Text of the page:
If there’s one thing we know about fitness, it’s this:
Your core strength is critical for effective, efficient, and safe movement both inside and outside the gym.
Of course, not only does your core need to be strong, but it needs to have endurance and stamina, as well. These qualities allow your trunk muscles to protect your lower back, help you maintain your balance, and provide you with a stable base from which your limbs can move more safely and efficiently.
But here’s the problem:
Many typical core workouts either overemphasize your abdominals, impose a lot of strain on the lower back, or fail to help you learn how to effectively engage your trunk muscles.
Fortunately, you use your core far more often than you may realize.
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Surprisingly Core-Intensive Exercises
Between your paraspinals, lats, obliques, abdominals, and even your deep hip flexors, you’ve got dozens of muscles and connective tissues working together to maintain a healthy trunk. Your central nervous system activates all of them during any functional movement, but especially during exercises such as:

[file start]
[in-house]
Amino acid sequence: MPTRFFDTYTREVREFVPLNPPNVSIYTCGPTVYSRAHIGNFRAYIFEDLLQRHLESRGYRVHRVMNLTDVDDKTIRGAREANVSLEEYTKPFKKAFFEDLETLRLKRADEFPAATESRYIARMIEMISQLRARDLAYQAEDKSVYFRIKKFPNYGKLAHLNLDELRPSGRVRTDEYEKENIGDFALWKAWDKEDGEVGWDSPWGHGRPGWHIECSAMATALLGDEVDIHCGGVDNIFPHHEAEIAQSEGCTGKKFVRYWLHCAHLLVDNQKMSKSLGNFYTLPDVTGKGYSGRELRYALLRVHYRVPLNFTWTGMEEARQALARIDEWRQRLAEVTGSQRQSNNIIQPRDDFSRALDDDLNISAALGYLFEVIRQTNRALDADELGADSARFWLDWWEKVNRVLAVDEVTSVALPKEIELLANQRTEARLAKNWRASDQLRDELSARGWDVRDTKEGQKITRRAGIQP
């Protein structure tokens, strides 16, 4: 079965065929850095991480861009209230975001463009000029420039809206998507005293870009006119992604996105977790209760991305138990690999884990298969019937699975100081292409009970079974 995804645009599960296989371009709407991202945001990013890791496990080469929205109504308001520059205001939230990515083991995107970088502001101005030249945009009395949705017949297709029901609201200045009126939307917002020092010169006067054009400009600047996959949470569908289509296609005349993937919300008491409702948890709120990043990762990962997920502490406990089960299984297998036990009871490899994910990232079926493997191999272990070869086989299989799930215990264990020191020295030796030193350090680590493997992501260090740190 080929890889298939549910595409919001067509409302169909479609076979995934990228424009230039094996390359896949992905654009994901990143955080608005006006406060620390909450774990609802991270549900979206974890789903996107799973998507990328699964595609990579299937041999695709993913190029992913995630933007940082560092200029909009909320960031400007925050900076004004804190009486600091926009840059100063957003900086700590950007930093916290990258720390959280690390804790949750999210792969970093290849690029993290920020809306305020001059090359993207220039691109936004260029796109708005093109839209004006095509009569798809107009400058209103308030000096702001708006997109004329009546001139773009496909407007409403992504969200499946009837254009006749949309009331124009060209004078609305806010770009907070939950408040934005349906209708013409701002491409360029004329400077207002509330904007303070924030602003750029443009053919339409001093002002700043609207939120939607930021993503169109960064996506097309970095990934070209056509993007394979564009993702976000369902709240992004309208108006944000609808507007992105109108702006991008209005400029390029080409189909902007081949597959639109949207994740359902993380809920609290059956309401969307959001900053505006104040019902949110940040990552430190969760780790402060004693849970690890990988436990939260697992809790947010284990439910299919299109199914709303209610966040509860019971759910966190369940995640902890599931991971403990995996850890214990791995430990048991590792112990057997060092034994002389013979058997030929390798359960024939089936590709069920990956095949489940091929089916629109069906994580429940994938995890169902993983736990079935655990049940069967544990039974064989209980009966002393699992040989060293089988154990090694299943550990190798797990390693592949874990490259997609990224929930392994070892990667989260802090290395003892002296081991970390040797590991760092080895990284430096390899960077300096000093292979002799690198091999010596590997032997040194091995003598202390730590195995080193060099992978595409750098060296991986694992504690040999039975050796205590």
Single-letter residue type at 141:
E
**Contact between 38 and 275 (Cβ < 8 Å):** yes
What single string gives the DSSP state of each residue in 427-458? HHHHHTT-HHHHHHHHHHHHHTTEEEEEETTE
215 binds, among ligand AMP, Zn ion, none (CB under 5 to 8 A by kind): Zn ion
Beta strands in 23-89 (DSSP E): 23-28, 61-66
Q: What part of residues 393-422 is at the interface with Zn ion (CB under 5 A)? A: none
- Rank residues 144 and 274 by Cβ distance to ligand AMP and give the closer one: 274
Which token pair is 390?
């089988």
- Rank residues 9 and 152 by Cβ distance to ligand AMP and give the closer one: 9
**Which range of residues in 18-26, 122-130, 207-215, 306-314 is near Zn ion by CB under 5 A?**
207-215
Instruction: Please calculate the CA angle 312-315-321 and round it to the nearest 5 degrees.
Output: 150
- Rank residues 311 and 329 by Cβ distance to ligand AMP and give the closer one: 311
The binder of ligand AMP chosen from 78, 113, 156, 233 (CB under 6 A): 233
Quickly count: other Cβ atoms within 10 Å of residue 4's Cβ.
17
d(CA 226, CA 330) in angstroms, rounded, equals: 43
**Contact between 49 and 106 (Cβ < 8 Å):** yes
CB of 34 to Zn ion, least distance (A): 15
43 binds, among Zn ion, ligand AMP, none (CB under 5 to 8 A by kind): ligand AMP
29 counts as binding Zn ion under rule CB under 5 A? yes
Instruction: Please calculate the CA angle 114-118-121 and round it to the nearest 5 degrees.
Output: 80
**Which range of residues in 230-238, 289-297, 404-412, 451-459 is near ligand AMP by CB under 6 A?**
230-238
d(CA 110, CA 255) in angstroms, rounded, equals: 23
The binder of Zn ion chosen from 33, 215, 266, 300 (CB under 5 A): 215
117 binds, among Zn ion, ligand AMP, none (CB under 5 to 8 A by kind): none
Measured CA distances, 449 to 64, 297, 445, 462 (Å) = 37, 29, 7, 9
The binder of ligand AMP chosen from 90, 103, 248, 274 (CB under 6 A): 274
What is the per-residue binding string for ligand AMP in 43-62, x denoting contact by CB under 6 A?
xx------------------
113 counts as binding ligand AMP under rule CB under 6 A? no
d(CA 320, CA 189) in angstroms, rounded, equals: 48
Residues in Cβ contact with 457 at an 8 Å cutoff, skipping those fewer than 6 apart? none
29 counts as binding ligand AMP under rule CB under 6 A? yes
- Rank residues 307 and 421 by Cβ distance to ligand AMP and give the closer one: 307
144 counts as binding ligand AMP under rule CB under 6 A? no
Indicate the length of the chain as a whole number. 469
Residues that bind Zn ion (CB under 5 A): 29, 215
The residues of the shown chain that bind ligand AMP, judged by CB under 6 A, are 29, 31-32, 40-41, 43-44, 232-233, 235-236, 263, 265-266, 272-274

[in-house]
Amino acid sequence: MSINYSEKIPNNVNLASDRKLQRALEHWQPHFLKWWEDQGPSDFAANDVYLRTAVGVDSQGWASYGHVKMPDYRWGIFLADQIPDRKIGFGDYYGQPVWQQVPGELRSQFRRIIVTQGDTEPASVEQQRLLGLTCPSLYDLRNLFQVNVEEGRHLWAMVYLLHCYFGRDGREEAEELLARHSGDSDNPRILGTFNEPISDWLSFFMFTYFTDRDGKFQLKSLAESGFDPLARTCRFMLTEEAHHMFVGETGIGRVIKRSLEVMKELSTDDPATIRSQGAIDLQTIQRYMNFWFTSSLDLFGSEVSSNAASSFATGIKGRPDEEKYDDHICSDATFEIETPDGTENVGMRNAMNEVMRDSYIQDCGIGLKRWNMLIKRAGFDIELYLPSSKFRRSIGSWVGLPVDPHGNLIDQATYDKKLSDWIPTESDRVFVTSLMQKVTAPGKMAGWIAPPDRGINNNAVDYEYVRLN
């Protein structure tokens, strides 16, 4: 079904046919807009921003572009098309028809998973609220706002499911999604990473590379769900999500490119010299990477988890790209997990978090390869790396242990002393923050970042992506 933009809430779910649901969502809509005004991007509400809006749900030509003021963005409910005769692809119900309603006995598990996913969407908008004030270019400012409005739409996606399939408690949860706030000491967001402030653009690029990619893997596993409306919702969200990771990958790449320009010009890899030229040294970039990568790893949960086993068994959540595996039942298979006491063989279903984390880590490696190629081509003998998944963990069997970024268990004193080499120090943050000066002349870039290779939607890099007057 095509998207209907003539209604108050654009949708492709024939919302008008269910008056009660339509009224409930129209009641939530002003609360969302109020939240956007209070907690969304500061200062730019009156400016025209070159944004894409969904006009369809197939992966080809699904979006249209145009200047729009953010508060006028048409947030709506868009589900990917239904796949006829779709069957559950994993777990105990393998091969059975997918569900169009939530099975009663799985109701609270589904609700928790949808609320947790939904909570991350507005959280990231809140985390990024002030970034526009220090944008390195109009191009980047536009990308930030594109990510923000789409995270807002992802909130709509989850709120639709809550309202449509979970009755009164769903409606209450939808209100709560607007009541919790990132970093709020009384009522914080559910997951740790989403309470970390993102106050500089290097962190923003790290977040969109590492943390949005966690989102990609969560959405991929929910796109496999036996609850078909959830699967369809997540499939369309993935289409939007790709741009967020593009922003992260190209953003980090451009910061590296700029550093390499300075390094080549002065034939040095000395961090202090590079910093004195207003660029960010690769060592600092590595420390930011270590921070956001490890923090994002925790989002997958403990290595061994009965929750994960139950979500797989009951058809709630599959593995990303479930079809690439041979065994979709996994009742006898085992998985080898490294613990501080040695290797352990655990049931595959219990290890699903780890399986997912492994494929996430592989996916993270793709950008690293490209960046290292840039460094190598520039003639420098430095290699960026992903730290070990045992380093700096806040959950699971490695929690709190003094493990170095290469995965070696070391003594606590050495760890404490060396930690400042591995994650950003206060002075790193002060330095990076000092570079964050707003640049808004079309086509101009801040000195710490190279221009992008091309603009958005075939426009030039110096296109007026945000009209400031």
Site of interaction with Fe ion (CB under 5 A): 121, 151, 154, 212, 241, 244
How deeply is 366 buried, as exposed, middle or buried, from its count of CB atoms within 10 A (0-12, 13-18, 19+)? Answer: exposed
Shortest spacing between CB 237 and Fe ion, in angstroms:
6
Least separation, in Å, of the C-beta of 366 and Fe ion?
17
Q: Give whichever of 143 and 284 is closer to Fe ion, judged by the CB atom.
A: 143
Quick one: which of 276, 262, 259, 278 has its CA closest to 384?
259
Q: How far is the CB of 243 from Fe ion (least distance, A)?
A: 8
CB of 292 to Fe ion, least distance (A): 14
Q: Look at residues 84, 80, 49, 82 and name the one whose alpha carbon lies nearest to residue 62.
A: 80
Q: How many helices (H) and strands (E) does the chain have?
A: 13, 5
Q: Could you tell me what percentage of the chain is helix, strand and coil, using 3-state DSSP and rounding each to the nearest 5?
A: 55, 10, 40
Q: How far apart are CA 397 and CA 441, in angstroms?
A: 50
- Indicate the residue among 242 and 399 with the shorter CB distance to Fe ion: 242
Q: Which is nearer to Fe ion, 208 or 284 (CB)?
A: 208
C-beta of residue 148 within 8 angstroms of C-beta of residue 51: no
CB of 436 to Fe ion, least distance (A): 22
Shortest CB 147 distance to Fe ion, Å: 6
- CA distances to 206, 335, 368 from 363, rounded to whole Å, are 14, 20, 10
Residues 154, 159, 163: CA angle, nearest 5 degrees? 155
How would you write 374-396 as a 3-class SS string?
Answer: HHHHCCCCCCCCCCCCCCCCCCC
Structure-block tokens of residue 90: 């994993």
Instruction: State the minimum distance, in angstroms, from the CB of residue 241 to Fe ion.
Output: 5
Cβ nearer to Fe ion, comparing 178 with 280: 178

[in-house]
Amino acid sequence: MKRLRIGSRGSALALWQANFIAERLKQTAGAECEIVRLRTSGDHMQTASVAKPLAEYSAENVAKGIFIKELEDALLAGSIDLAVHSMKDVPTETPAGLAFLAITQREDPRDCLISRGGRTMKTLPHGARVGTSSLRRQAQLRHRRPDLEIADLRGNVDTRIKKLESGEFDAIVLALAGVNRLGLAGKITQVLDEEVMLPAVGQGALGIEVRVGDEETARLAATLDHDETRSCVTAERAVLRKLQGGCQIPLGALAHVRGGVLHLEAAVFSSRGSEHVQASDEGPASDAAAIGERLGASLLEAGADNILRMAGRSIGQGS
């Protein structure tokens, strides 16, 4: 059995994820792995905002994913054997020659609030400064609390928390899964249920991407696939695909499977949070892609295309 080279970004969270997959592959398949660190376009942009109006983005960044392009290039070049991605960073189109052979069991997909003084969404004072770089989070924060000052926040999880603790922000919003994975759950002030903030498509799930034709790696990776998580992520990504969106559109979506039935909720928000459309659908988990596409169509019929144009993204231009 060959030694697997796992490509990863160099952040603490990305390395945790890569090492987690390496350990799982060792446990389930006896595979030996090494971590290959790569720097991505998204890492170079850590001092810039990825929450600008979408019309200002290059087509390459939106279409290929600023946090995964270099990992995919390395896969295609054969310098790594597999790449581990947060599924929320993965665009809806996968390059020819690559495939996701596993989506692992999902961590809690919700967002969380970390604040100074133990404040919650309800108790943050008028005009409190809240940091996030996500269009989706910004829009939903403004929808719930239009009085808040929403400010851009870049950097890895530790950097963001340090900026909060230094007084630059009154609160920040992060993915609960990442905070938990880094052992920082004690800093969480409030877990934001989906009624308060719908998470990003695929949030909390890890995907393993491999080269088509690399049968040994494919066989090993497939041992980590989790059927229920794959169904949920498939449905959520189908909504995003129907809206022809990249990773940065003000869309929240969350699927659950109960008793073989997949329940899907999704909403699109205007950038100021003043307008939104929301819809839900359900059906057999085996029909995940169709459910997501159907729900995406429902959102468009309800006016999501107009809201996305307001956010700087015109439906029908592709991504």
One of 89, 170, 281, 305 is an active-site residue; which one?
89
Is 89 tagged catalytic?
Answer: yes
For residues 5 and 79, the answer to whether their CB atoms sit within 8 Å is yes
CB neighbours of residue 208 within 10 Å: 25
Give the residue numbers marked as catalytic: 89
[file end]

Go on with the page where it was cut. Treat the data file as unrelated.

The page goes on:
– Overhead pressing (e.g., with dumbbells or a barbell)
– Push-ups and plank holds
– Single leg balance activities
– Sprinting and running
If you aren’t properly activating your core during these movements, you won’t perform as well and may even sustain an injury. So, to ramp up core engagement, try an abdominal brace. To do it, simply tighten your abs as if you are preparing for a punch in the gut (or, pardon the potty language, as if you’re straining to defecate). Do not suck in your gut, as this disrupts your core’s ability to stabilize and protect your lower back.
You don’t necessarily have to hold this brace during your entire workout, of course, but it’s a good conscious exercise to come back to repeatedly, since overtime it will train you to use your core more effectively.
Effective Ways to Engage & Activate Your Core
There are too many core exercises to count, but if you’re looking for a specific way to strengthen and activate your abs and trunk without having to do a single crunch, check out some of these tips below:
Lie on the floor with your feet flat and your knees bent. Use your core to press the small of your lower back into the ground.
Lie on your back in a “pencil” position. Engage your core and lift your arms and legs a few inches off the ground. Try to maintain a pelvic tilt throughout.
The flip side of a hollow hold. Lie face down the floor in a “pencil” position. Chin should be tucked toward your chest to protect your neck. Engage your core and lift your arms and legs a few inches off the ground.
Got any other favorite core strengthening moves? Let us know about it in the comments below!